Could you give an update on Presidential Assent of the Pharmacy Council of Nigeria Bill 2017?
History will never forget the sacrificial closure of our premises on the May 7, 2019 to protest the delay in signing the much anticipated Pharmacy Council Bill 2017 which was, as at the time, in the “Bermuda Triangle”. For the first time in history of Nigeria, the Community Pharmacies laid down their tools to speak out for Nigerians. The level of compliance all over the federation, the importance ascribed to it and the seriousness with which ACPN members, including elders, enrolled to implement the resolution of NEC, made one feel nostalgic.
Although the bill is yet to be signed by President Muhammadu Buhari the good news is that the bill has been found, kudos to the chairman of the occasion, Gen. Buba Marwa, for his unrelenting effort in favour of the bill.
Since the commencement of the second term of our dear President Muhammadu Buhari-led administration on May 29, 2019 we have observed that a number of bills from the eighth National Assembly have continued to receive Presidential assent. This is certainly good for the country particularly because we do not need to squander our lean resources on development that would ameliorate our cycle of un-productivity in many regards.
The value chain of drug distribution network is in complete tatters particularly because of the unresolved challenges of fake drugs and drug abuse which continue to impose very substantial morbidity and mortality on consumers of health.
Some of the inherent benefit package of the PCN Bill just for the sake of emphasis in summary is that it redresses poor regulatory control in the affairs of practitioners and the facilities they run by giving specific powers to authorisation to enforce to PCN and its pharmaceutical inspectors.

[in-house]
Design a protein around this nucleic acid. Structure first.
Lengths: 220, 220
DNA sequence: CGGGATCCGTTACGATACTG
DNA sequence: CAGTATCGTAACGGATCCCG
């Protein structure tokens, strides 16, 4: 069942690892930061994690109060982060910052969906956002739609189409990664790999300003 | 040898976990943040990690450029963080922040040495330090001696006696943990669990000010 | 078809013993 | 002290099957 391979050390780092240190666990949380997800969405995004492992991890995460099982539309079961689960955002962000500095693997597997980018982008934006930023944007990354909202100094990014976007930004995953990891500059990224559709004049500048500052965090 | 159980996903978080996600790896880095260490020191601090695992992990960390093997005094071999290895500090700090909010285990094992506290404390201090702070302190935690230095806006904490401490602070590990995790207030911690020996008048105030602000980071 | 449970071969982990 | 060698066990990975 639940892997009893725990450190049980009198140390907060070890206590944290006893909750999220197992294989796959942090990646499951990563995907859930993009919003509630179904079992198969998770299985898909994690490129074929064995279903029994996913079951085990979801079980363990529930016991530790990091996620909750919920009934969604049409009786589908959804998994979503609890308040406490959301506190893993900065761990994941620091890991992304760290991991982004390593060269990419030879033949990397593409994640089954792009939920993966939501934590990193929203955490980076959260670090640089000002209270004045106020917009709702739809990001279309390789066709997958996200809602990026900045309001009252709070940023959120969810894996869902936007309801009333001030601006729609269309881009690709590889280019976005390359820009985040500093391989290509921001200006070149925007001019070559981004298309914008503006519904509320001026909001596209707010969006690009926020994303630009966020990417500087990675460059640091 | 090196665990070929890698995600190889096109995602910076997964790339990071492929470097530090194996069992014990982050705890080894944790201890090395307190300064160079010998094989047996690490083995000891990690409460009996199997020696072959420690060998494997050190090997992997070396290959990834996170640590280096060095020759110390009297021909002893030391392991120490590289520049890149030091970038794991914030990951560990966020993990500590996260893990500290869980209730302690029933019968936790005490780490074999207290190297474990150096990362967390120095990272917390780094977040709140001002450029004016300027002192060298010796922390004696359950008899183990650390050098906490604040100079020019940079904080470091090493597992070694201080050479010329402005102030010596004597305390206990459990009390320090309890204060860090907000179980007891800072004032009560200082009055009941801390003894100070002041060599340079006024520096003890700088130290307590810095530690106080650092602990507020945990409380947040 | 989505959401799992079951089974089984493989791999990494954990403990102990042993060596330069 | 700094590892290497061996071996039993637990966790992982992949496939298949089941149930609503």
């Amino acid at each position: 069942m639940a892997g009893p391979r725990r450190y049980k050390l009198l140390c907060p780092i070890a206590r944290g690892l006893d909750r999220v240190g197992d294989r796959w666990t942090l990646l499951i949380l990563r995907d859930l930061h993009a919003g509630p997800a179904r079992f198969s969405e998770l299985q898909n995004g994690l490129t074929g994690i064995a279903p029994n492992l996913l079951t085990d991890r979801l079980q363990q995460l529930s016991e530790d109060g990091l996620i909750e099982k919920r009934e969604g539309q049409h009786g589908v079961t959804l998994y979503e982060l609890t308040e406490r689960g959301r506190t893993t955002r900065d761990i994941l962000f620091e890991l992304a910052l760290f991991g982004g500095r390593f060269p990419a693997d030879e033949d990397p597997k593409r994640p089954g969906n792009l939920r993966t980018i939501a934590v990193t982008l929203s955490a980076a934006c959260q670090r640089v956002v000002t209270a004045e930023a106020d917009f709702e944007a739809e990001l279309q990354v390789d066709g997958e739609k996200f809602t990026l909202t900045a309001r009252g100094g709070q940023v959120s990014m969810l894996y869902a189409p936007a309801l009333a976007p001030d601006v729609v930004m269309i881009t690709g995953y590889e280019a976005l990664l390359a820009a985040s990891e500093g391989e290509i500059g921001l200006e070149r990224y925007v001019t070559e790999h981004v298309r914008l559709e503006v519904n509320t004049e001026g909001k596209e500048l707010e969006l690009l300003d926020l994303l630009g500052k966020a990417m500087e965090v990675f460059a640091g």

Second is the streamlining and giving due recognition to all cadres of practitioners within the ambit of PCN. The Satellite Pharmacy concept has the potential of boosting Good Pharmacy Practice (GPP) as Registered Pharmacists who have defined practice experience can offer services to consumers through professional linkages.
Third, the PCN Bill takes cognizance of global best practices by empowering the pharmacy workforce from primary care to tertiary care level. This will help to stem the tide of drug abuse and faking because drug stocks would gradually become the prerogative of trained hands.
The PCN Bill remains a highly sought after treasure that opens all doors of restriction that hitherto confined pharmacy practice to the back doors of monumental failure. We therefore encourage President Muhammadu Buhari to give assent to the PCN Bill in the ultimate public interest.
What are your plans for ACPN projects and the future of Community Pharmacy Practice?
The dream of every Community Pharmacist is to have a Pharmacy that leaps with age; fortified against drought and independent of the owner. As this dream comes to fruition, others emerge, especially that of sustainability of this going concern in the event of the owner’s demise; what happens when life happens, as it certainly will.
When we took off about one year ago we decided on the need for the first ever Community Pharmacy Summit in pursuance of our Trans-generational Community Pharmacy agenda. I am proud to report that we have copies of the proceedings of that very successful summit for our members and indeed posterity at this conference. We have put up requisite structures including Committees to drive the various resolutions at the ACPN Summit 2018.
In the months ahead in apocalyptic terms we shall aspire to deliver in the reflected areas which are not limited to the following; A labelling initiative for Community Pharmacists; Access to genuine drugs as a right of the Nigerian citizens and Regularisation of drug distribution channels.